My mother even got married in a white mini-dress -- which sounds vaguely shocking until you remember that, in those days, a mini-dress was just a normal day-time dress. And indeed in the wedding photographs, even the older women were all wearing skirts a few inches above the knee. These were Establishment people, not counter-cultural types. My mother also wore her mini-dresses to her job as a secretary in a very Blue Chip organization.
I suppose I like the idea of the mini-skirt because I associate it with the explosion of rebellion against the stifling conformity my parents experienced in the '50s. To me, the mini-skirt has always been about being young and having fun and looking great.
My mother, however, has mixed feeling about her '60s attire. On the one hand she had a lot of fun with it. On the other hand, she admits to feeling a bit sheepish about the way her '60s outfits draw one's eye to her legs when one looks at the old photos. She has also pointed out to me the troubling contrast between the semi-nude secretaries in her office fluttering around waiting on their fully clothed male bosses. As many people have pointed out, less clothing generally equates to less power.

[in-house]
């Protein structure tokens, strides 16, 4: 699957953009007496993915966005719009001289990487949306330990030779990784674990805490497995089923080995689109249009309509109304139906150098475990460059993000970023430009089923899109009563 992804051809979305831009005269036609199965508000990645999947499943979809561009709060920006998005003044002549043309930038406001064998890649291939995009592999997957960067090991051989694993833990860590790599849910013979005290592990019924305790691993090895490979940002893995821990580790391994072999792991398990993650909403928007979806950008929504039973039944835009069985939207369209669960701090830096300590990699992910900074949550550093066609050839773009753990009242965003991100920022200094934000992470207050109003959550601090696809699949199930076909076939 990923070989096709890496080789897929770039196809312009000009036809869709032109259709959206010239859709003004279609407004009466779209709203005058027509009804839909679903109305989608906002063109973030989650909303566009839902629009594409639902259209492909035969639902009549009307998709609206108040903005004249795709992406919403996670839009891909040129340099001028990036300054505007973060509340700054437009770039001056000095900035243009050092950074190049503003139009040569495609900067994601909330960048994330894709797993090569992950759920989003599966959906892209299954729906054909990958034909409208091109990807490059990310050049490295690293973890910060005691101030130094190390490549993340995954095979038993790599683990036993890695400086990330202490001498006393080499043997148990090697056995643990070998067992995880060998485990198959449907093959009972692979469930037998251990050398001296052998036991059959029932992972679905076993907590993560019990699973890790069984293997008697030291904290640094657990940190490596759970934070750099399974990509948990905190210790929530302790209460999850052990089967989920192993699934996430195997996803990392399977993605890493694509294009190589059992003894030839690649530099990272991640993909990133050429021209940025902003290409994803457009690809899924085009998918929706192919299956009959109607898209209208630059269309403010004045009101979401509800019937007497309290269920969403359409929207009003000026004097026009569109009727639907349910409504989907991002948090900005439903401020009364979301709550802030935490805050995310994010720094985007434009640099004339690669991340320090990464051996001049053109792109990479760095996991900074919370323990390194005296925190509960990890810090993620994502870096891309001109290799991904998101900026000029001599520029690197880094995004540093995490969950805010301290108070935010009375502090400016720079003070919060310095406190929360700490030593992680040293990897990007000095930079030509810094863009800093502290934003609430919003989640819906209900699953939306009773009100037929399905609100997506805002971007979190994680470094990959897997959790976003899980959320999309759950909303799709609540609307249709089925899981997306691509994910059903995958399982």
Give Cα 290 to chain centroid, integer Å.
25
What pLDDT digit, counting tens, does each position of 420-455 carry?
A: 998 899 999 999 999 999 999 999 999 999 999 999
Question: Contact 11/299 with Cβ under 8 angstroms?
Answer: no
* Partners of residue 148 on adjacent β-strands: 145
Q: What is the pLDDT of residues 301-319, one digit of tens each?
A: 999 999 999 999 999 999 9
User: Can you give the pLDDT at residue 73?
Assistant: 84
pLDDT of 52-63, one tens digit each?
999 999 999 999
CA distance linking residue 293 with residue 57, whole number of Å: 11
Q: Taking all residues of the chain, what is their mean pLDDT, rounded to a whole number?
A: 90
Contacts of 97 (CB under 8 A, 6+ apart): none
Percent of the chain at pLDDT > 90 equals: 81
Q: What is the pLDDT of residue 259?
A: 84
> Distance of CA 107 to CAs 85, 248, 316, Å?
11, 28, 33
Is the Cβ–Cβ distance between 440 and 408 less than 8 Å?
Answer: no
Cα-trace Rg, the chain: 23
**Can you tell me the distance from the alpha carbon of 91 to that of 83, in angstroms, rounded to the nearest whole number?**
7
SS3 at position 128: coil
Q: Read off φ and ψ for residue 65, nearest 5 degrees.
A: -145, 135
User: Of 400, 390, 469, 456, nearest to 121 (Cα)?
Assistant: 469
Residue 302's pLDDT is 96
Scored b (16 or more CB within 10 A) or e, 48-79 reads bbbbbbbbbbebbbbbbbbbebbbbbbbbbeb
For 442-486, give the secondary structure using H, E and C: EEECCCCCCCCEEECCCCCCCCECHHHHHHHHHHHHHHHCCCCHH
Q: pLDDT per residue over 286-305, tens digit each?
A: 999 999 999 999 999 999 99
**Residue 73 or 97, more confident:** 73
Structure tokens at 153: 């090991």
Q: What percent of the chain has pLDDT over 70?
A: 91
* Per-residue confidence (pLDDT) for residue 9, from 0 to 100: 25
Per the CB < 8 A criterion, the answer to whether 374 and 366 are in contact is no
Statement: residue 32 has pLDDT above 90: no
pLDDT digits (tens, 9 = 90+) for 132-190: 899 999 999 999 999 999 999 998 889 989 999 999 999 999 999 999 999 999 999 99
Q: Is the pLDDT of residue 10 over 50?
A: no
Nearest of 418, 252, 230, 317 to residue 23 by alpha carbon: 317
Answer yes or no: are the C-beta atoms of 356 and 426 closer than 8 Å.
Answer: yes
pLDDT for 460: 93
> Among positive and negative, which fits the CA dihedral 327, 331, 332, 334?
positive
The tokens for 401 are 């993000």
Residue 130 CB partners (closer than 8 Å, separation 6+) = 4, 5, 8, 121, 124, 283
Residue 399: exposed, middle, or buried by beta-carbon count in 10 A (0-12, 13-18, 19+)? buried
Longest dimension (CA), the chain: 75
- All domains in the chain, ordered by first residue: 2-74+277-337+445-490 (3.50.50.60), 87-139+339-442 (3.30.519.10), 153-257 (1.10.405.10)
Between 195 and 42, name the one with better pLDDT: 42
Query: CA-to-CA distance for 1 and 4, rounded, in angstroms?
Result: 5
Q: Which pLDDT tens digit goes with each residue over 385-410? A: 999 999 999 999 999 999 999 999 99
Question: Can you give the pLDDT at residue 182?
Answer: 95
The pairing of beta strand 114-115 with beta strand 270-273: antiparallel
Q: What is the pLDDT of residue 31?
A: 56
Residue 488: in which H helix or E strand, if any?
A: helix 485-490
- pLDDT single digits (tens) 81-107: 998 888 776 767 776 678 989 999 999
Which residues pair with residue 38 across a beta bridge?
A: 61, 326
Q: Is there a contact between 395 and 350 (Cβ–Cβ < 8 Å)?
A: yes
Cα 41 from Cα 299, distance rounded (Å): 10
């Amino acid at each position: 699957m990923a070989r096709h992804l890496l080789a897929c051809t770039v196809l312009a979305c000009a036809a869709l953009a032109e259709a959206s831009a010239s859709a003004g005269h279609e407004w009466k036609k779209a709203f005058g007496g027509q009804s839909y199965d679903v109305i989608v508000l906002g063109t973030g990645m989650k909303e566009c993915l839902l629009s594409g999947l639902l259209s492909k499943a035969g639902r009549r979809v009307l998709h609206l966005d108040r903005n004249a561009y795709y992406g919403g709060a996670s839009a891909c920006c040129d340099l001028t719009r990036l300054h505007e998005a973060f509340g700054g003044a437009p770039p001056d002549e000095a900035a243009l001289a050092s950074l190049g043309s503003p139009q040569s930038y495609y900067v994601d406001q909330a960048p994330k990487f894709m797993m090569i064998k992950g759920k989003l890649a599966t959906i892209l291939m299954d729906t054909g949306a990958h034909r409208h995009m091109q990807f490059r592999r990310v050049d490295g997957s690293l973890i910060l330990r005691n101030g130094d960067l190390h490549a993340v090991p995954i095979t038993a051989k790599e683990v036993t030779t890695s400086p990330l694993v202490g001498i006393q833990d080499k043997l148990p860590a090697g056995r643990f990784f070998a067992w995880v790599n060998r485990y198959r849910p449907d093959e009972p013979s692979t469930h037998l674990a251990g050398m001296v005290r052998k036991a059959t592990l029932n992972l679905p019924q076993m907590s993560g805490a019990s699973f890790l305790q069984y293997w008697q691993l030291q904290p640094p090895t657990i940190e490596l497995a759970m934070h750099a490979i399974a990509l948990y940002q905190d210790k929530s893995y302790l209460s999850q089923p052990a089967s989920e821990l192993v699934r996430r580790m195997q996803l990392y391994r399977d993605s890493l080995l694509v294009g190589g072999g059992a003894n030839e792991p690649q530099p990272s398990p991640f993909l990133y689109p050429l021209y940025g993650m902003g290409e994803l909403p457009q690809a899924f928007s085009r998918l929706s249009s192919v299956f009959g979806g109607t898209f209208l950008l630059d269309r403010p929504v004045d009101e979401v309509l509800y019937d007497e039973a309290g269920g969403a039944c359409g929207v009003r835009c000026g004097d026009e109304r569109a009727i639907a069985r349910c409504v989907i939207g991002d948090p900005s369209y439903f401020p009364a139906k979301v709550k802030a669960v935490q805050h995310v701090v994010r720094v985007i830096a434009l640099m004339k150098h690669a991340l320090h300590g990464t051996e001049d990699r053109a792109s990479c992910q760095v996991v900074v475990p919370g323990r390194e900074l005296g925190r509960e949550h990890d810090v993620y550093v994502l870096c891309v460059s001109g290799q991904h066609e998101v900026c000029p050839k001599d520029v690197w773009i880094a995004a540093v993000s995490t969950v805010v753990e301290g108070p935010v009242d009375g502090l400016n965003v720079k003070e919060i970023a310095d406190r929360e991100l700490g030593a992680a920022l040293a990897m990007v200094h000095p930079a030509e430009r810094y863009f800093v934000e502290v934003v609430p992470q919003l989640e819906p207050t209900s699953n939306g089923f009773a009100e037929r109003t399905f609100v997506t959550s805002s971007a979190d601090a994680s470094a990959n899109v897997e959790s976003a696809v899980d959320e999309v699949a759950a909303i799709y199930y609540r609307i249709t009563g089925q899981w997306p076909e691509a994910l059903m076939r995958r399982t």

In addition, sexual harassment was very much the norm in my mother's office, blue chip and ultra-respectable though it supposedly was. Bottom-pinching was a frequent occurrence, and more than once my mother had to turn to a male colleague at lunch and say in her frostiest manner, "Please remove your hand from my thigh." The big boss in the company, a married man, constantly called my mother's roommate, also a secretary at the same firm, to try to arrange an affair -- leading my mother's roommmate to break down in tears on numerous occasions from the stress of the pressure placed on her. There was a real sense that the mini-skirted secretaries were there as eye candy and sex objects, in addition to their functions of taking dictation, typing, filing, and answering telephones.